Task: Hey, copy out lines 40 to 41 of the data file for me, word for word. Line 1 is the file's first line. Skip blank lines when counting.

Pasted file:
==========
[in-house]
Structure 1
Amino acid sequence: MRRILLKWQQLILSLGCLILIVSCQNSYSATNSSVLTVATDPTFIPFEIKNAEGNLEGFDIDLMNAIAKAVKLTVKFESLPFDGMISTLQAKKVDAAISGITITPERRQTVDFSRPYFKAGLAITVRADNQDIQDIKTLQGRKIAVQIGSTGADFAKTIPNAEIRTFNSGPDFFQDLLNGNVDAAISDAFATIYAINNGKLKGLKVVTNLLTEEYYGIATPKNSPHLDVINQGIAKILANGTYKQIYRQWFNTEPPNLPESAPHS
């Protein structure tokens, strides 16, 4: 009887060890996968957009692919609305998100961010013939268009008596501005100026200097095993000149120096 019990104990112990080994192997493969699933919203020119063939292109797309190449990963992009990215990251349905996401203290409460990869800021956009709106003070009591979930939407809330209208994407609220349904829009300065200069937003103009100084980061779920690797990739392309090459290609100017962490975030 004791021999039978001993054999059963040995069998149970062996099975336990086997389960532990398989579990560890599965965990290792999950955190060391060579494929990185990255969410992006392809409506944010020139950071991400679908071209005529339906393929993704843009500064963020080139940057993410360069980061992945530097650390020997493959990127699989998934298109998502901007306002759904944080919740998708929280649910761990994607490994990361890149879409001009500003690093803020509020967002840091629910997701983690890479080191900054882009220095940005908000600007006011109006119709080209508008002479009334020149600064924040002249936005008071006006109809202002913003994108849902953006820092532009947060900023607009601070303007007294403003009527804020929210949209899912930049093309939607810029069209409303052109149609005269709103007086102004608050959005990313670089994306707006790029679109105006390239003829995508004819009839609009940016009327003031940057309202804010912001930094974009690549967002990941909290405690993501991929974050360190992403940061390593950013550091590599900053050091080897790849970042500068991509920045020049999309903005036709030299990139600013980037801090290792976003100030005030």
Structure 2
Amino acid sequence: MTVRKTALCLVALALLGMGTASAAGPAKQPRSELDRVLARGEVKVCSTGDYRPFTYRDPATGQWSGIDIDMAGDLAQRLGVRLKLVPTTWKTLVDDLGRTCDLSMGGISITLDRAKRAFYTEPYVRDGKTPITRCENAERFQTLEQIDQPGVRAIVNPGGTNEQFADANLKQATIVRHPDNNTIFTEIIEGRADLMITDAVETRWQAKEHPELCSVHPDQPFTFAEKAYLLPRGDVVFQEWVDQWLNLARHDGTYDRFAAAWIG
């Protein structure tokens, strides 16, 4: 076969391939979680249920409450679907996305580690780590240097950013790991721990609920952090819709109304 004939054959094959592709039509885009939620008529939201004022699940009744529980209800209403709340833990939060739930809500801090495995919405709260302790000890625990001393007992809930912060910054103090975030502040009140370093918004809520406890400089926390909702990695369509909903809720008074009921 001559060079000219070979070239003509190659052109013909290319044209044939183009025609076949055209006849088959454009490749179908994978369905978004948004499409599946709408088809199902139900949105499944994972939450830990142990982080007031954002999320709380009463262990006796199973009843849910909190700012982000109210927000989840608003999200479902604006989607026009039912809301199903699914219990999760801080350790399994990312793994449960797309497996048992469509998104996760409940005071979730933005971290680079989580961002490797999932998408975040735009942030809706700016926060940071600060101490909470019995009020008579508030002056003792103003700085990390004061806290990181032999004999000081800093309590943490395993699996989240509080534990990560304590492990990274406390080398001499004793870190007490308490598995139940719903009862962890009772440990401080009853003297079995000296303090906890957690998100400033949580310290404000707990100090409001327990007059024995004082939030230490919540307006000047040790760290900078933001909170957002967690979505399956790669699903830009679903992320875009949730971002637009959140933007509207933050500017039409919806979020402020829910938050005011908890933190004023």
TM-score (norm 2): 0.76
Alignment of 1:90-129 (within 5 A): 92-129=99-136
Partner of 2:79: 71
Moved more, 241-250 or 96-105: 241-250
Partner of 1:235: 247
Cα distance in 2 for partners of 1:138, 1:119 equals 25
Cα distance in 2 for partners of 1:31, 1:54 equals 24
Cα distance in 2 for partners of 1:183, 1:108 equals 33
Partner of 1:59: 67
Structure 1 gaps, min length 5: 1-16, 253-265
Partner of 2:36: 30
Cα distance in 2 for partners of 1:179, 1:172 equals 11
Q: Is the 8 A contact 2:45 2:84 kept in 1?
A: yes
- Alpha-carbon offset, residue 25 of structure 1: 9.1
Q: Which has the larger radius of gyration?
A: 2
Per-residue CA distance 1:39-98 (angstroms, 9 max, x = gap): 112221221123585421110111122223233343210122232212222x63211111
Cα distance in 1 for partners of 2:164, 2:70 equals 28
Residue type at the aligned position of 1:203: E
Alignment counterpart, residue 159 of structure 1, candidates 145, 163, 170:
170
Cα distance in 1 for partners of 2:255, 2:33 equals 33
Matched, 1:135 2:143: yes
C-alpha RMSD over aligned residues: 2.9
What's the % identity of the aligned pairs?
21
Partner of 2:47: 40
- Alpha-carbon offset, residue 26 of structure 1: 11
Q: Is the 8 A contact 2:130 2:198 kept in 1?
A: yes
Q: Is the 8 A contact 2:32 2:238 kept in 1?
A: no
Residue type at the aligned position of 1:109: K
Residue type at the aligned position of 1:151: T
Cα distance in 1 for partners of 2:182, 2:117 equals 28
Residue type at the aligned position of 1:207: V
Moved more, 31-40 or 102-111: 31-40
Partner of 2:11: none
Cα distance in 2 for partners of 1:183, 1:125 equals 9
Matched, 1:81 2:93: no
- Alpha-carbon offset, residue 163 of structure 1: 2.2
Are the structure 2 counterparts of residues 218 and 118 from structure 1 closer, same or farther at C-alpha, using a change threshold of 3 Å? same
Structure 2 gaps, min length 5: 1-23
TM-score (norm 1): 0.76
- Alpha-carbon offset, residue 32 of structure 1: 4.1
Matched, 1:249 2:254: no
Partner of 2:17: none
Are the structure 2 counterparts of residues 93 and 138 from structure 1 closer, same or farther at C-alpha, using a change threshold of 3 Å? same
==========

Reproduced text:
A: no
Residue type at the aligned position of 1:109: K